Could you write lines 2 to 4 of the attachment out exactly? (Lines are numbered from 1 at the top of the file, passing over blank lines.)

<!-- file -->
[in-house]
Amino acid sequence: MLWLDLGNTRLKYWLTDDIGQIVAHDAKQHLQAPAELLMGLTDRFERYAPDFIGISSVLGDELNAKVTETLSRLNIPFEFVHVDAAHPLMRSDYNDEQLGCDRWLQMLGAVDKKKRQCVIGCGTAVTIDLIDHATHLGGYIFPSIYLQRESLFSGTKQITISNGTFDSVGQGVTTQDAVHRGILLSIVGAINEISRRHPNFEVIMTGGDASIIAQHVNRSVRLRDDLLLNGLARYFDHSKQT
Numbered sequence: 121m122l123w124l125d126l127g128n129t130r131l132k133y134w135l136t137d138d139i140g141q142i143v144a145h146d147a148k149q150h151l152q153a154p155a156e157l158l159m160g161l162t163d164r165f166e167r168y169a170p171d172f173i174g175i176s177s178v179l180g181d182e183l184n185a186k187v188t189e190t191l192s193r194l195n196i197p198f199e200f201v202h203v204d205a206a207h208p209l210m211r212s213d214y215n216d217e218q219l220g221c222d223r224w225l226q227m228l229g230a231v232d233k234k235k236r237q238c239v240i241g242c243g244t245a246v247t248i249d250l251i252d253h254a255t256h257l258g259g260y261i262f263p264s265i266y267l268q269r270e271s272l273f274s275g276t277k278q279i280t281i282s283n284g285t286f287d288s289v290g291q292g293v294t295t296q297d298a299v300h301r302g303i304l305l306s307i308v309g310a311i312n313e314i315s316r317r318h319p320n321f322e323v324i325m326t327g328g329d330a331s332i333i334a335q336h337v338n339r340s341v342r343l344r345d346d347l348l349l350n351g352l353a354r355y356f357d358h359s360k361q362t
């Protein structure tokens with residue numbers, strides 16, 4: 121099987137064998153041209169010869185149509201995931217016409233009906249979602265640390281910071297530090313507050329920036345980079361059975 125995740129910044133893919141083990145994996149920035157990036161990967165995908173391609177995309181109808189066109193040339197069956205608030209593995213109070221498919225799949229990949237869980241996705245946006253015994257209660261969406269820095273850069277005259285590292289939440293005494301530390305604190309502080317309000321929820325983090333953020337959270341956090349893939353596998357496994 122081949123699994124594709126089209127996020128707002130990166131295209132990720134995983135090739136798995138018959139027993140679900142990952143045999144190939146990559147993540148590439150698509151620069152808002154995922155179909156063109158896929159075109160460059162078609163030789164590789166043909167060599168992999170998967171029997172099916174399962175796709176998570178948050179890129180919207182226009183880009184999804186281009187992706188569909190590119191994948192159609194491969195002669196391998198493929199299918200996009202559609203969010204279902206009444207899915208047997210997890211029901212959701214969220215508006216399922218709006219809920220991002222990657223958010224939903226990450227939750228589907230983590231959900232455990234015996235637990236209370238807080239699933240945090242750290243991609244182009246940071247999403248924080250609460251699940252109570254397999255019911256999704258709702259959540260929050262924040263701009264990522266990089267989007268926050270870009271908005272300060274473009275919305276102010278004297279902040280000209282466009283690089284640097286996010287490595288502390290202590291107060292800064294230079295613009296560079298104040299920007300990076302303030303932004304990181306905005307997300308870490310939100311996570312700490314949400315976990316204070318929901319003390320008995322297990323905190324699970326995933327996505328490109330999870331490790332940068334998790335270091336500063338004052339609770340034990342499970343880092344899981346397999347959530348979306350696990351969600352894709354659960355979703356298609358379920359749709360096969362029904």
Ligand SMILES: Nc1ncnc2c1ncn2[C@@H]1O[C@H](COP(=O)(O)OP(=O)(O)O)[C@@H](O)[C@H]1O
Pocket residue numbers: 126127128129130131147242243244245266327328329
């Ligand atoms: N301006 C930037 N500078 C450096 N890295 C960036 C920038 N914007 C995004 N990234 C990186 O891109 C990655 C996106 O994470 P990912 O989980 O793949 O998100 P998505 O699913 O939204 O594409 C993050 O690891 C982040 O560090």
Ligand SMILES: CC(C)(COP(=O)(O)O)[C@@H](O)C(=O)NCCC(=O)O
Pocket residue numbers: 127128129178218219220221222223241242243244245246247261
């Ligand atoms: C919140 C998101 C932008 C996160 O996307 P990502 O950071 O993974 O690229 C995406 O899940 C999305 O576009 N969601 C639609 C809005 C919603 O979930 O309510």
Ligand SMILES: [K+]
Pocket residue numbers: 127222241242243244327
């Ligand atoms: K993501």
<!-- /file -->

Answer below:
Amino acid sequence: MLWLDLGNTRLKYWLTDDIGQIVAHDAKQHLQAPAELLMGLTDRFERYAPDFIGISSVLGDELNAKVTETLSRLNIPFEFVHVDAAHPLMRSDYNDEQLGCDRWLQMLGAVDKKKRQCVIGCGTAVTIDLIDHATHLGGYIFPSIYLQRESLFSGTKQITISNGTFDSVGQGVTTQDAVHRGILLSIVGAINEISRRHPNFEVIMTGGDASIIAQHVNRSVRLRDDLLLNGLARYFDHSKQT
Numbered sequence: 121m122l123w124l125d126l127g128n129t130r131l132k133y134w135l136t137d138d139i140g141q142i143v144a145h146d147a148k149q150h151l152q153a154p155a156e157l158l159m160g161l162t163d164r165f166e167r168y169a170p171d172f173i174g175i176s177s178v179l180g181d182e183l184n185a186k187v188t189e190t191l192s193r194l195n196i197p198f199e200f201v202h203v204d205a206a207h208p209l210m211r212s213d214y215n216d217e218q219l220g221c222d223r224w225l226q227m228l229g230a231v232d233k234k235k236r237q238c239v240i241g242c243g244t245a246v247t248i249d250l251i252d253h254a255t256h257l258g259g260y261i262f263p264s265i266y267l268q269r270e271s272l273f274s275g276t277k278q279i280t281i282s283n284g285t286f287d288s289v290g291q292g293v294t295t296q297d298a299v300h301r302g303i304l305l306s307i308v309g310a311i312n313e314i315s316r317r318h319p320n321f322e323v324i325m326t327g328g329d330a331s332i333i334a335q336h337v338n339r340s341v342r343l344r345d346d347l348l349l350n351g352l353a354r355y356f357d358h359s360k361q362t
């Protein structure tokens with residue numbers, strides 16, 4: 121099987137064998153041209169010869185149509201995931217016409233009906249979602265640390281910071297530090313507050329920036345980079361059975 125995740129910044133893919141083990145994996149920035157990036161990967165995908173391609177995309181109808189066109193040339197069956205608030209593995213109070221498919225799949229990949237869980241996705245946006253015994257209660261969406269820095273850069277005259285590292289939440293005494301530390305604190309502080317309000321929820325983090333953020337959270341956090349893939353596998357496994 122081949123699994124594709126089209127996020128707002130990166131295209132990720134995983135090739136798995138018959139027993140679900142990952143045999144190939146990559147993540148590439150698509151620069152808002154995922155179909156063109158896929159075109160460059162078609163030789164590789166043909167060599168992999170998967171029997172099916174399962175796709176998570178948050179890129180919207182226009183880009184999804186281009187992706188569909190590119191994948192159609194491969195002669196391998198493929199299918200996009202559609203969010204279902206009444207899915208047997210997890211029901212959701214969220215508006216399922218709006219809920220991002222990657223958010224939903226990450227939750228589907230983590231959900232455990234015996235637990236209370238807080239699933240945090242750290243991609244182009246940071247999403248924080250609460251699940252109570254397999255019911256999704258709702259959540260929050262924040263701009264990522266990089267989007268926050270870009271908005272300060274473009275919305276102010278004297279902040280000209282466009283690089284640097286996010287490595288502390290202590291107060292800064294230079295613009296560079298104040299920007300990076302303030303932004304990181306905005307997300308870490310939100311996570312700490314949400315976990316204070318929901319003390320008995322297990323905190324699970326995933327996505328490109330999870331490790332940068334998790335270091336500063338004052339609770340034990342499970343880092344899981346397999347959530348979306350696990351969600352894709354659960355979703356298609358379920359749709360096969362029904």